I'll be experimenting with a "Flipped Classroom" model in my graduate computer architecture course this Fall.
I'll be recording key lectures beforehand and uploading them to YouTube. I'll ask students to watch these lectures before class and use class time to solve problems and clarify doubts.
I buy the argument that a video (that can be paused, rewound, re-visited) is a more effective learning tool than listening to the same person speak in class. I hope that the classroom experience will continue to be fun and interactive. And I also hope that students have the discipline to listen to the videos before class. If done right, this should lead to more effective and efficient learning -- more time spent outside class listening to lectures, but a lot less time spent outside class on assignments.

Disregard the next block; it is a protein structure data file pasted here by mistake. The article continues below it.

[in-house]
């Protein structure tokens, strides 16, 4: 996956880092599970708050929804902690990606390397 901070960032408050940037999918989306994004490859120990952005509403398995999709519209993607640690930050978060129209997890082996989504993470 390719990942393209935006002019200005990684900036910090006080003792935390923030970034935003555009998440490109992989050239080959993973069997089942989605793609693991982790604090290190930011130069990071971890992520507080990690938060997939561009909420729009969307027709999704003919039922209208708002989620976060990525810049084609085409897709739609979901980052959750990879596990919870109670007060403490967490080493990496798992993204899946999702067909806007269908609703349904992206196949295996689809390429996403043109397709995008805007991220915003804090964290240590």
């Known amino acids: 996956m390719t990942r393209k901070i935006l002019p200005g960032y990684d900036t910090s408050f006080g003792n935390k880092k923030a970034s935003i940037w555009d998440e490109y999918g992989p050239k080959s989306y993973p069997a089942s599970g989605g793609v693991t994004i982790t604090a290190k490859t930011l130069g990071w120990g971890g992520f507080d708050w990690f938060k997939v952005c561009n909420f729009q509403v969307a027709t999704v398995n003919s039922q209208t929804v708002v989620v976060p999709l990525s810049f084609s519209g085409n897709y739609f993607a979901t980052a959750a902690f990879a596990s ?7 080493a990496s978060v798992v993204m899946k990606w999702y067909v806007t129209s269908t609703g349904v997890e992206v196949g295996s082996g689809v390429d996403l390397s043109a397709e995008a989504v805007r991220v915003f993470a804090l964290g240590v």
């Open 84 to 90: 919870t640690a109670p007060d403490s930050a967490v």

The videos will be in a screencast format: only showing the prepared slides and my run-time handwriting on them (no hands or face). It won't be glitzy; I will fumble around at times. If this model works for Khan Academy, it can't be a terrible idea :-).
If you're curious about the process: I'm using Powerpoint on my tablet-PC, combined with the Camtasia Studio Add-In. So far, I've been willing to "accept" my videos after 4-6 takes. I do very minor editing (cropping out the occasional cough). Including prep time, I'm averaging about 3-4 hours of effort per video (note that I've taught this material many times). In addition, I'll have to create new problems that I can use for discussion in class.
The videos can be found here (only the first six are ready as of today).
The class website is here.